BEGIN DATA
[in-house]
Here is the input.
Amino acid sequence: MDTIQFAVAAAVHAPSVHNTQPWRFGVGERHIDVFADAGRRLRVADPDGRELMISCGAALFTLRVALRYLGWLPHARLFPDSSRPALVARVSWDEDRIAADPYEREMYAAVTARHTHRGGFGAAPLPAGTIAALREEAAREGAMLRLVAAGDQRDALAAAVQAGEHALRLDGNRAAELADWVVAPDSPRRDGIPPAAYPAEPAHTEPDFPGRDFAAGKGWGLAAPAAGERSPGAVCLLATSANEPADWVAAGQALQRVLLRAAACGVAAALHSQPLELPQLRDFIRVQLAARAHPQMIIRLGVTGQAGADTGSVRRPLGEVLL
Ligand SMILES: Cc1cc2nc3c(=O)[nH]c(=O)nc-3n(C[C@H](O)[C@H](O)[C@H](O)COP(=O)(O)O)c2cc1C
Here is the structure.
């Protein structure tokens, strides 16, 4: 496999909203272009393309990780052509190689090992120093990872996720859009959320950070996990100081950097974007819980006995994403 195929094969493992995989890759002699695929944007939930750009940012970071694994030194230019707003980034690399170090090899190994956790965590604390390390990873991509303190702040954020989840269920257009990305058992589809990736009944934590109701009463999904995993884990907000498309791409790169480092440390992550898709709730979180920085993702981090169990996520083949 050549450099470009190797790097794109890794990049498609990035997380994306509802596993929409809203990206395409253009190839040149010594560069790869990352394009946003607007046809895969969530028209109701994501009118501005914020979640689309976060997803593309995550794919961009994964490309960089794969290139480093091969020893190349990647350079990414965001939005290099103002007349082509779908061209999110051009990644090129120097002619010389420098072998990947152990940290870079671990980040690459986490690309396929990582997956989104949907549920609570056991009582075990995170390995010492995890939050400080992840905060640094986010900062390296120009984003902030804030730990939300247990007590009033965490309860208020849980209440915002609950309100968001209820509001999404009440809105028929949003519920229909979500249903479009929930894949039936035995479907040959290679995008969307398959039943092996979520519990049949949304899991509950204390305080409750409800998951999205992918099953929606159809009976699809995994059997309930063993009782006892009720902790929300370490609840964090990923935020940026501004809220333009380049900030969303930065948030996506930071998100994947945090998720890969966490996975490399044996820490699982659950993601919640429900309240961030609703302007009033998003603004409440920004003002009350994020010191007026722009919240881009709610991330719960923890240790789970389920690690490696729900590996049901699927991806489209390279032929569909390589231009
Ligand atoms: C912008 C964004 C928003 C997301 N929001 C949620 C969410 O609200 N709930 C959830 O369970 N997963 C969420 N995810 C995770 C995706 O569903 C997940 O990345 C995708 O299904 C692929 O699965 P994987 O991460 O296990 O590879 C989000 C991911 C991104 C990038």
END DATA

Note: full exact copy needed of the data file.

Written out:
[in-house]
Here is the input.
Amino acid sequence: MDTIQFAVAAAVHAPSVHNTQPWRFGVGERHIDVFADAGRRLRVADPDGRELMISCGAALFTLRVALRYLGWLPHARLFPDSSRPALVARVSWDEDRIAADPYEREMYAAVTARHTHRGGFGAAPLPAGTIAALREEAAREGAMLRLVAAGDQRDALAAAVQAGEHALRLDGNRAAELADWVVAPDSPRRDGIPPAAYPAEPAHTEPDFPGRDFAAGKGWGLAAPAAGERSPGAVCLLATSANEPADWVAAGQALQRVLLRAAACGVAAALHSQPLELPQLRDFIRVQLAARAHPQMIIRLGVTGQAGADTGSVRRPLGEVLL
Ligand SMILES: Cc1cc2nc3c(=O)[nH]c(=O)nc-3n(C[C@H](O)[C@H](O)[C@H](O)COP(=O)(O)O)c2cc1C
Here is the structure.
């Protein structure tokens, strides 16, 4: 496999909203272009393309990780052509190689090992120093990872996720859009959320950070996990100081950097974007819980006995994403 195929094969493992995989890759002699695929944007939930750009940012970071694994030194230019707003980034690399170090090899190994956790965590604390390390990873991509303190702040954020989840269920257009990305058992589809990736009944934590109701009463999904995993884990907000498309791409790169480092440390992550898709709730979180920085993702981090169990996520083949 050549450099470009190797790097794109890794990049498609990035997380994306509802596993929409809203990206395409253009190839040149010594560069790869990352394009946003607007046809895969969530028209109701994501009118501005914020979640689309976060997803593309995550794919961009994964490309960089794969290139480093091969020893190349990647350079990414965001939005290099103002007349082509779908061209999110051009990644090129120097002619010389420098072998990947152990940290870079671990980040690459986490690309396929990582997956989104949907549920609570056991009582075990995170390995010492995890939050400080992840905060640094986010900062390296120009984003902030804030730990939300247990007590009033965490309860208020849980209440915002609950309100968001209820509001999404009440809105028929949003519920229909979500249903479009929930894949039936035995479907040959290679995008969307398959039943092996979520519990049949949304899991509950204390305080409750409800998951999205992918099953929606159809009976699809995994059997309930063993009782006892009720902790929300370490609840964090990923935020940026501004809220333009380049900030969303930065948030996506930071998100994947945090998720890969966490996975490399044996820490699982659950993601919640429900309240961030609703302007009033998003603004409440920004003002009350994020010191007026722009919240881009709610991330719960923890240790789970389920690690490696729900590996049901699927991806489209390279032929569909390589231009
Ligand atoms: C912008 C964004 C928003 C997301 N929001 C949620 C969410 O609200 N709930 C959830 O369970 N997963 C969420 N995810 C995770 C995706 O569903 C997940 O990345 C995708 O299904 C692929 O699965 P994987 O991460 O296990 O590879 C989000 C991911 C991104 C990038």